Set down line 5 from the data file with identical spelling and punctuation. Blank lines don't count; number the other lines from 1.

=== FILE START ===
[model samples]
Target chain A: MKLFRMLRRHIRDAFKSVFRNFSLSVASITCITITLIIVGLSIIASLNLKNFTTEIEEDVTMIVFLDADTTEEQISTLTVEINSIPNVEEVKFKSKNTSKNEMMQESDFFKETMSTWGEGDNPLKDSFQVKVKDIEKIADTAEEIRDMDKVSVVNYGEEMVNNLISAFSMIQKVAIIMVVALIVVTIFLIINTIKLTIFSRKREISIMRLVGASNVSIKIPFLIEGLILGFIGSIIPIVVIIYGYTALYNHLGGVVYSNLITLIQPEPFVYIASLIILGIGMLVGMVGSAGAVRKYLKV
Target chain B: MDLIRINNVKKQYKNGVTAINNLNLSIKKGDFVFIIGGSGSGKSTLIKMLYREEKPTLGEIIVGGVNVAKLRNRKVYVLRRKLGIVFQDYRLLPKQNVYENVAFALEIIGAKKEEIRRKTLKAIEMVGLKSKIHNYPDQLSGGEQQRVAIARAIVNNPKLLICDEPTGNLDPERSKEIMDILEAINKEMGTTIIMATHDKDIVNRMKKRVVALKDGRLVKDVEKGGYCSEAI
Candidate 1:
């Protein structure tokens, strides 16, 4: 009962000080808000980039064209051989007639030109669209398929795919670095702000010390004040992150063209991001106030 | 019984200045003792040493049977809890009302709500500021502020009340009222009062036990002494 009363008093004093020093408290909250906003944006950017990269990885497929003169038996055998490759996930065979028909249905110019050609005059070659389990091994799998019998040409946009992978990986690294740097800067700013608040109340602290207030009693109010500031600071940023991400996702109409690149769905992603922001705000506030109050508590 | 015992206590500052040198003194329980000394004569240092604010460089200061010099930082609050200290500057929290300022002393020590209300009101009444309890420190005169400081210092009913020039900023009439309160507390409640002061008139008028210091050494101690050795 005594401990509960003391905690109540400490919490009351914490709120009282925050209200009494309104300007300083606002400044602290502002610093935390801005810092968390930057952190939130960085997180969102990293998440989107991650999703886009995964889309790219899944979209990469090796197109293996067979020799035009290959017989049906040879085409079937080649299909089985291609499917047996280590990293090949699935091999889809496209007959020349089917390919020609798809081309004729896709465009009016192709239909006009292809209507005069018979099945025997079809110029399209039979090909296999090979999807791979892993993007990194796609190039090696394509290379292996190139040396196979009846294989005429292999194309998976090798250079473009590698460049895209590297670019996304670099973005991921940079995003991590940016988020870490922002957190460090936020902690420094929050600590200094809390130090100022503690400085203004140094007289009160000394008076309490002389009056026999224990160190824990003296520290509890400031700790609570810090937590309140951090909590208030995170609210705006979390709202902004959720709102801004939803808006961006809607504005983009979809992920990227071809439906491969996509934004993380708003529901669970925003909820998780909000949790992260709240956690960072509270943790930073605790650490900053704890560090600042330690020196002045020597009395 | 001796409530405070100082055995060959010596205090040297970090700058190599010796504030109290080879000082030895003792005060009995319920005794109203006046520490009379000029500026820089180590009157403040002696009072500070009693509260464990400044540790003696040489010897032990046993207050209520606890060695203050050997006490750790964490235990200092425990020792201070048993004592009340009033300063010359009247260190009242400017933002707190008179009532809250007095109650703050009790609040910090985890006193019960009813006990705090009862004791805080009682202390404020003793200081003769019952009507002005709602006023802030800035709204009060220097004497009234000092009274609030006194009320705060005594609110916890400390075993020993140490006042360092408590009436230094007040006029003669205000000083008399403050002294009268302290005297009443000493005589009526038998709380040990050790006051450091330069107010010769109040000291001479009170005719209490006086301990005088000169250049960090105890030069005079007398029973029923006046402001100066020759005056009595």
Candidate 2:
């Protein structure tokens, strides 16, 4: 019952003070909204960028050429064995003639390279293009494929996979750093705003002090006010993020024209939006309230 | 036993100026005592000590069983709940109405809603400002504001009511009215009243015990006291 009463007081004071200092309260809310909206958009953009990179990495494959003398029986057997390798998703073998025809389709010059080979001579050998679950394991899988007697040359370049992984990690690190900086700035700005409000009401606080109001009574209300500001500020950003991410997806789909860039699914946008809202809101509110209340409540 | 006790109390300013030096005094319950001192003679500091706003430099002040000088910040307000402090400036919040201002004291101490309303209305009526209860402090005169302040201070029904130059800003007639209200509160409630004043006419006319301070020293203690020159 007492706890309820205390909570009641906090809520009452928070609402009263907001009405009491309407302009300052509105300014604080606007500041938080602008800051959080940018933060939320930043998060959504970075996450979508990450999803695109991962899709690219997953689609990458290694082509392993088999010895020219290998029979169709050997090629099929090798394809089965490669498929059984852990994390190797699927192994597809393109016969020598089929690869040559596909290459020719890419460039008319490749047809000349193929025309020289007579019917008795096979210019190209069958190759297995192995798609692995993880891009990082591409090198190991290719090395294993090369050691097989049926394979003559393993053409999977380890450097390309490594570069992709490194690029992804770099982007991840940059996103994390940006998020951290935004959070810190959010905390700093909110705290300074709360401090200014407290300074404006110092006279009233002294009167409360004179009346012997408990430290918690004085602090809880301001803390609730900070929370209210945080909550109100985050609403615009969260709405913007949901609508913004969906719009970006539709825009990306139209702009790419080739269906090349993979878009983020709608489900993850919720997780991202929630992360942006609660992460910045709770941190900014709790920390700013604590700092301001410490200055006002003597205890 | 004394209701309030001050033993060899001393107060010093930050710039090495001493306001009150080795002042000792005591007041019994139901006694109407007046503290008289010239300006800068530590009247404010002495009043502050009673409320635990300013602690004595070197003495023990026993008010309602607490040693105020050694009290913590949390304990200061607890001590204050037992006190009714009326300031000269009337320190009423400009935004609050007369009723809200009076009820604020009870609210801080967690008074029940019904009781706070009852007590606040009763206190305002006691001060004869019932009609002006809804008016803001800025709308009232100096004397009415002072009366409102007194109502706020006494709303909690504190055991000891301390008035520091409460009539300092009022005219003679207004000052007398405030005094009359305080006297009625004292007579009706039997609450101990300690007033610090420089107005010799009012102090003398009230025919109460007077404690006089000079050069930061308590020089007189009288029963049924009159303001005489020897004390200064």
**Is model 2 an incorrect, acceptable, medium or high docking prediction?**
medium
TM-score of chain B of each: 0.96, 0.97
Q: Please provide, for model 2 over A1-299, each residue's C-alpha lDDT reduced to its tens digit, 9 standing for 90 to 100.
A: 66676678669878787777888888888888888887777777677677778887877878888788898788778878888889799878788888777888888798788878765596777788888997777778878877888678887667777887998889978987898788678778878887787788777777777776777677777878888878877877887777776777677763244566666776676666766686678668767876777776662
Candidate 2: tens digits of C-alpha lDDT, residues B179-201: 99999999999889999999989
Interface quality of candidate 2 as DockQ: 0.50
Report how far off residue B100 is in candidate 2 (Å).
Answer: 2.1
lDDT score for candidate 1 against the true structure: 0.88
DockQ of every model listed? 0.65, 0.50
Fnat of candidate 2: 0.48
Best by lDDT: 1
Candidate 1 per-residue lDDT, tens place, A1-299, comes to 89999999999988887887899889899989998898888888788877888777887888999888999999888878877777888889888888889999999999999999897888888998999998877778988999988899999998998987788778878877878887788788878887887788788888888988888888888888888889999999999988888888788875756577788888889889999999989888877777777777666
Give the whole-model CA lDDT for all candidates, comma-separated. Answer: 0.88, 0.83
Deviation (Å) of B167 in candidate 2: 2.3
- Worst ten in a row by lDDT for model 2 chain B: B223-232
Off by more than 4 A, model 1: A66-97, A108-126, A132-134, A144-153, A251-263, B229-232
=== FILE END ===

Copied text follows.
């Protein structure tokens, strides 16, 4: 009962000080808000980039064209051989007639030109669209398929795919670095702000010390004040992150063209991001106030 | 019984200045003792040493049977809890009302709500500021502020009340009222009062036990002494 009363008093004093020093408290909250906003944006950017990269990885497929003169038996055998490759996930065979028909249905110019050609005059070659389990091994799998019998040409946009992978990986690294740097800067700013608040109340602290207030009693109010500031600071940023991400996702109409690149769905992603922001705000506030109050508590 | 015992206590500052040198003194329980000394004569240092604010460089200061010099930082609050200290500057929290300022002393020590209300009101009444309890420190005169400081210092009913020039900023009439309160507390409640002061008139008028210091050494101690050795 005594401990509960003391905690109540400490919490009351914490709120009282925050209200009494309104300007300083606002400044602290502002610093935390801005810092968390930057952190939130960085997180969102990293998440989107991650999703886009995964889309790219899944979209990469090796197109293996067979020799035009290959017989049906040879085409079937080649299909089985291609499917047996280590990293090949699935091999889809496209007959020349089917390919020609798809081309004729896709465009009016192709239909006009292809209507005069018979099945025997079809110029399209039979090909296999090979999807791979892993993007990194796609190039090696394509290379292996190139040396196979009846294989005429292999194309998976090798250079473009590698460049895209590297670019996304670099973005991921940079995003991590940016988020870490922002957190460090936020902690420094929050600590200094809390130090100022503690400085203004140094007289009160000394008076309490002389009056026999224990160190824990003296520290509890400031700790609570810090937590309140951090909590208030995170609210705006979390709202902004959720709102801004939803808006961006809607504005983009979809992920990227071809439906491969996509934004993380708003529901669970925003909820998780909000949790992260709240956690960072509270943790930073605790650490900053704890560090600042330690020196002045020597009395 | 001796409530405070100082055995060959010596205090040297970090700058190599010796504030109290080879000082030895003792005060009995319920005794109203006046520490009379000029500026820089180590009157403040002696009072500070009693509260464990400044540790003696040489010897032990046993207050209520606890060695203050050997006490750790964490235990200092425990020792201070048993004592009340009033300063010359009247260190009242400017933002707190008179009532809250007095109650703050009790609040910090985890006193019960009813006990705090009862004791805080009682202390404020003793200081003769019952009507002005709602006023802030800035709204009060220097004497009234000092009274609030006194009320705060005594609110916890400390075993020993140490006042360092408590009436230094007040006029003669205000000083008399403050002294009268302290005297009443000493005589009526038998709380040990050790006051450091330069107010010769109040000291001479009170005719209490006086301990005088000169250049960090105890030069005079007398029973029923006046402001100066020759005056009595």